March 26, 2015 — Summary of "Recruitment and Retention Strategies for Expert Nurses in Abortion Care Provision," McLemore et al., Contraception, Feb. 20, 2015.
While registered nurses (RNs) "have a strong tradition of participating in sexual and reproductive health care ... the participation of nurses is considered to be one of many current barriers to abortion care provision," according to a study by Monica McLemore of the University of California-San Francisco School of Nursing and colleagues.
According to the researchers, "expert RNs" are "'those who do not exclusively rely on analytical principles (rules, guidelines or maxims) to connect their understanding of a situation to an appropriate action'" and "'who can zero in on the accurate region of a problem without wasteful consideration of a large range of unfruitful possible problem situations.'"
In their study, McLemore and colleagues aimed "to explore perspectives and experiences of recruitment, retention and career development of expert RNs in abortion care provision."
The researchers analyzed a subset of data from a larger study of RNs from 14 sites in the San Francisco Bay Area. The subset included 16 RNs, all of whom "had to have exposure to women needing or seeking abortions in the last [five] years" to be included in the study.
For the study, researchers conducted 25- to 90-minute interviews between November 2012 and August 2013. The interviewers asked the RNs "to discuss their careers in nursing, summarizing their work experiences"; "think of a time when a woman needing an abortion presented to their unit and to recount that day"; and answer various follow-up questions.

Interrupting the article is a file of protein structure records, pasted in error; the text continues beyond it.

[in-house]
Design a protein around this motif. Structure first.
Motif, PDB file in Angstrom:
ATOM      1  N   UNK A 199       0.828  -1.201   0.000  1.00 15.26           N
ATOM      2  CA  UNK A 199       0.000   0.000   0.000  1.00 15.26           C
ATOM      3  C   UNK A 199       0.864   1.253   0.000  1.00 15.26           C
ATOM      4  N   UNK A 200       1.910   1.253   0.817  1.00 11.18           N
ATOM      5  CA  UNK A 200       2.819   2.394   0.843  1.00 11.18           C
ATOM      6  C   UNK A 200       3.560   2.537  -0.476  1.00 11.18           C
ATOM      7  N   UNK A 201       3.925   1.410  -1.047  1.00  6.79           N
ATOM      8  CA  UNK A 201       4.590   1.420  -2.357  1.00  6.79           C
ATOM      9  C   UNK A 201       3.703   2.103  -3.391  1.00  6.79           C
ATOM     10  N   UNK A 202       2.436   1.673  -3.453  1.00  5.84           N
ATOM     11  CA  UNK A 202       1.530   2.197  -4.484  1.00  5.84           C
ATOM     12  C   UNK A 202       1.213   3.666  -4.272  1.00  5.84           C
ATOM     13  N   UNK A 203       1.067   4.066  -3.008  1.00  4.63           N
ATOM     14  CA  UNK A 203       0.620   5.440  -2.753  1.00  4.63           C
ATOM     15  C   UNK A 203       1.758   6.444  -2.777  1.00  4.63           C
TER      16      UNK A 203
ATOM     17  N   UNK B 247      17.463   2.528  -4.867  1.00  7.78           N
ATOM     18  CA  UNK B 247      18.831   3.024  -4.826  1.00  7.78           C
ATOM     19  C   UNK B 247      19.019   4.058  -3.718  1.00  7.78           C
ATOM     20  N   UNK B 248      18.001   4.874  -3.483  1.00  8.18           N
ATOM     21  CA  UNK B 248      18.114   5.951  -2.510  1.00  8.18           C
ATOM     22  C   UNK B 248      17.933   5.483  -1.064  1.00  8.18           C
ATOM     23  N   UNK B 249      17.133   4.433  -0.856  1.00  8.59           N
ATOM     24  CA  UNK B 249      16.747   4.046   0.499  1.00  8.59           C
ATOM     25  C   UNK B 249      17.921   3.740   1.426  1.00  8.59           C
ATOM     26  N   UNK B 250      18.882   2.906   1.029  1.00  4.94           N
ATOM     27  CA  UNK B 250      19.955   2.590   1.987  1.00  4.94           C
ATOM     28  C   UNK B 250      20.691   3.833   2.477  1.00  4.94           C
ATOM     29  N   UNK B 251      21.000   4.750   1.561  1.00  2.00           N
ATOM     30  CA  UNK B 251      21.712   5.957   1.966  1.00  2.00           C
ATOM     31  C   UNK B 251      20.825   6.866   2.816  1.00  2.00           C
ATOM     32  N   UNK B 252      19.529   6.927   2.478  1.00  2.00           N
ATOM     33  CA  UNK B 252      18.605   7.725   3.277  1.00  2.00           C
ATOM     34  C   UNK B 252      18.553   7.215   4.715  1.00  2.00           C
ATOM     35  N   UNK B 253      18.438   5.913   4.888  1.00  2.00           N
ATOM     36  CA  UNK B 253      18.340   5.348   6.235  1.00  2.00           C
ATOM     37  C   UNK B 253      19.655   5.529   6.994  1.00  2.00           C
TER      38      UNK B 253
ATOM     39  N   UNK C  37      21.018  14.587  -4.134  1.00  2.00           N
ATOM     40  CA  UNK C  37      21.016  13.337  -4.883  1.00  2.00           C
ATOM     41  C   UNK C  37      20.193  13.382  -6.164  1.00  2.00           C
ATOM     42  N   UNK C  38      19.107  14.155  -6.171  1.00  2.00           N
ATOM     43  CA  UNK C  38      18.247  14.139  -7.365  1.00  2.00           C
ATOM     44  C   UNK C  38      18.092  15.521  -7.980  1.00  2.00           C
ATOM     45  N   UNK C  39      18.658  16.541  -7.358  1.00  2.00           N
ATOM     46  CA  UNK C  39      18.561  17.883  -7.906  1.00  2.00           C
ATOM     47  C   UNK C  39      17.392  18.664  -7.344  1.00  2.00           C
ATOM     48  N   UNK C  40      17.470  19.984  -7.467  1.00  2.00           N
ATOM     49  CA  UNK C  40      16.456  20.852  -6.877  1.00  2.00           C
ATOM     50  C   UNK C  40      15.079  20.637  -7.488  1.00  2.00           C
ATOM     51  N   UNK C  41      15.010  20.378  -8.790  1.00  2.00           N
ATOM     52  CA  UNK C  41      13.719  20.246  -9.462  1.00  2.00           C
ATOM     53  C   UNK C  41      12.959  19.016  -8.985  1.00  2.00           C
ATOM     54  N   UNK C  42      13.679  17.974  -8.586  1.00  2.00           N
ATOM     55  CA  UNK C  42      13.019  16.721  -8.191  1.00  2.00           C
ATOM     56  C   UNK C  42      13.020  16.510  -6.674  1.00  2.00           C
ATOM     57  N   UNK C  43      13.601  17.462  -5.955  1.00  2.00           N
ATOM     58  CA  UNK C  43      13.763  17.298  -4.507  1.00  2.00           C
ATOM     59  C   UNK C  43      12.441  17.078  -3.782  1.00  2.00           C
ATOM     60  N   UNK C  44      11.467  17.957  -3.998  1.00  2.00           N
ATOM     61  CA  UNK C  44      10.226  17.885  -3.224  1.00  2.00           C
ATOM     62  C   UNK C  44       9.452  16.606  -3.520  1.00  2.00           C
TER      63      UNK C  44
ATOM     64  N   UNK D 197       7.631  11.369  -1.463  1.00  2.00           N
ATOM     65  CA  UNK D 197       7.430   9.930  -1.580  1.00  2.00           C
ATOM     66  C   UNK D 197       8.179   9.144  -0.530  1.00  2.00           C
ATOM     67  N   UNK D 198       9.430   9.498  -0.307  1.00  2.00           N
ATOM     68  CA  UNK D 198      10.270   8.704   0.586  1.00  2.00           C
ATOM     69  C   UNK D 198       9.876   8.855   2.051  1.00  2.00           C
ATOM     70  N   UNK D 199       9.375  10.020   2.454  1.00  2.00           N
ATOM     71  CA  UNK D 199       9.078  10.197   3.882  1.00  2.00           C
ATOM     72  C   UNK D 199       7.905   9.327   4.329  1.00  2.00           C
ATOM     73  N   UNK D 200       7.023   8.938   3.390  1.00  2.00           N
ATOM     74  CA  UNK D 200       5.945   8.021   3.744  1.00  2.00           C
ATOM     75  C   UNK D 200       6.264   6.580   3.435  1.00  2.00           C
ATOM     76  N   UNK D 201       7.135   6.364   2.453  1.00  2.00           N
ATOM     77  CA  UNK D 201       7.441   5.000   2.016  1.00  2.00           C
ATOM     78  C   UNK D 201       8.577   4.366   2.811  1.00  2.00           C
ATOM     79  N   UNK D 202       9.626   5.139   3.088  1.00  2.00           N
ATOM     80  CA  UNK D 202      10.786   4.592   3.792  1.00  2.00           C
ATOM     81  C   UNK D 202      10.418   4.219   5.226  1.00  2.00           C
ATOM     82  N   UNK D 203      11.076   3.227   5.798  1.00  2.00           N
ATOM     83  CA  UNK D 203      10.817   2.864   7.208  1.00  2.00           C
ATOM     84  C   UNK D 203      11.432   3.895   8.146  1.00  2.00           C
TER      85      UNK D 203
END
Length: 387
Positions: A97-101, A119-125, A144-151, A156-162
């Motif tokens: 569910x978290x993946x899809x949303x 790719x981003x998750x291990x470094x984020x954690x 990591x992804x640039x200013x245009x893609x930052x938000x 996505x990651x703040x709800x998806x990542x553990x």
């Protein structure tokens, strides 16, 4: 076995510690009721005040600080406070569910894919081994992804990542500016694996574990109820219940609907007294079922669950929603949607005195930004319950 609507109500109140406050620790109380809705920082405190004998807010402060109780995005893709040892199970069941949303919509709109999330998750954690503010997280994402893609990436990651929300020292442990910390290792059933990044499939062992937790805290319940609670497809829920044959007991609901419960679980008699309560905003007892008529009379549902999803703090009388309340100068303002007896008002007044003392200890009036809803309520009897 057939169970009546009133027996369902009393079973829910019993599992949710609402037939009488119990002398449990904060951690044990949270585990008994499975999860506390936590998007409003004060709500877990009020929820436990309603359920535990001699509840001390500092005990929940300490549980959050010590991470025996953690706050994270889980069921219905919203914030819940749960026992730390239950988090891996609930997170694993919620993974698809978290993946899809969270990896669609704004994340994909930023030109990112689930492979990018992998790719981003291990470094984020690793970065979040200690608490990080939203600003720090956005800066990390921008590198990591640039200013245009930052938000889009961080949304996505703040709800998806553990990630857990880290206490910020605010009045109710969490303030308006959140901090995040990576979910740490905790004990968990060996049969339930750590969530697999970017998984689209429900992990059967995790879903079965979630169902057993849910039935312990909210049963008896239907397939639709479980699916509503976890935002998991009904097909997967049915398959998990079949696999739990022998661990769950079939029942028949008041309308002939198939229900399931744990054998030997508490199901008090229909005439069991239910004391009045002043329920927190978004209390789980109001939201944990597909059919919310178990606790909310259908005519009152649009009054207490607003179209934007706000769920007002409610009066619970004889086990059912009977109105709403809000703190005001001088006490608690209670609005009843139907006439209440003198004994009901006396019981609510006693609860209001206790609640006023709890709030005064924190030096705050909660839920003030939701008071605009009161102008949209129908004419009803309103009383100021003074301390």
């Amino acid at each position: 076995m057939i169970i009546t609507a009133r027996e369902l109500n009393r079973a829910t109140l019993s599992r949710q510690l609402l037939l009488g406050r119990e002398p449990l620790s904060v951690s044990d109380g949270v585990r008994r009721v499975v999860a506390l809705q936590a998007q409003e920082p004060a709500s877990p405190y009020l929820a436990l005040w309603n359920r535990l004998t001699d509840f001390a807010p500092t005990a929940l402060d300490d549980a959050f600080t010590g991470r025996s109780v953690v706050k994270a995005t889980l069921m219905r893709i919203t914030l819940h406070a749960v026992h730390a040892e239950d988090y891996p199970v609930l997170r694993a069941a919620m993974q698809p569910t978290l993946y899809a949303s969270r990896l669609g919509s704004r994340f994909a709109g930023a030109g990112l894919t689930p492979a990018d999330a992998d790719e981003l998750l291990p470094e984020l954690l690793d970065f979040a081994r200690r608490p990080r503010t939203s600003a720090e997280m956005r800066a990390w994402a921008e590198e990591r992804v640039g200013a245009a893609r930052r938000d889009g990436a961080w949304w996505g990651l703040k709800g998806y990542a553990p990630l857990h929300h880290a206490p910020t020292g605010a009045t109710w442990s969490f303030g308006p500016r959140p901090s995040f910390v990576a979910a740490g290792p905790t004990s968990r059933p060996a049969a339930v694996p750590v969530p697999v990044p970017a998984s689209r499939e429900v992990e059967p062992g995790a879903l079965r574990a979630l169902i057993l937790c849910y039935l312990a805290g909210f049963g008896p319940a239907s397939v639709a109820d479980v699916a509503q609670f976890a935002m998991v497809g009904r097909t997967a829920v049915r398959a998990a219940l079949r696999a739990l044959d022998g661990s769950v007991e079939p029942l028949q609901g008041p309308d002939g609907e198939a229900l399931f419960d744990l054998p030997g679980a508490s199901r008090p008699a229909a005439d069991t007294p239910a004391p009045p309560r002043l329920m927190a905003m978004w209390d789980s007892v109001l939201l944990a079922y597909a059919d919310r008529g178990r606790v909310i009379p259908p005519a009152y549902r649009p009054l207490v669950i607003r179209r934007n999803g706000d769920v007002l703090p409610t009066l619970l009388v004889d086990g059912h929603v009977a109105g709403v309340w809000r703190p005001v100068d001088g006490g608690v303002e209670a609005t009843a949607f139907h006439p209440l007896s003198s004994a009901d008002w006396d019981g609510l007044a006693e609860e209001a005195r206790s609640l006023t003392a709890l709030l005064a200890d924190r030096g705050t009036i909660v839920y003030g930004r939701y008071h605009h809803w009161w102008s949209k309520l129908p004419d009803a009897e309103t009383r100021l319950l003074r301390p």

The study participants were about evenly divided between RNs with fewer than five years of experience and RNs with more than 10 years of experience.
The researchers wrote that exposure to abortion care "quickly emerged as a dominant theme relevant to recruitment," with sub-themes of "exposure through education" and "through previous employment."
In terms of education, the researchers said many of the study participants volunteered or did non-nursing jobs "in abortion care to meet the volunteer requirements/pre-requisites for their RN school applications." However, they wrote that many study participants attested as to how "educational exposure to providing abortion care is optional in most schools of nursing."
Regarding exposure through employment, the researchers found that going from being a student to an employee provides RNs with the chance to choose an employer based on their interests. Further, they noted that employees who had "had a personal history of abortion or sought out professional opportunities to participate in abortion care during their training ... were more likely to seek work in abortion care."
The researchers found that "[o]nce RNs have been successfully recruited, on the job orientation and training must occur given the disparities in basic knowledge regarding abortion care provision."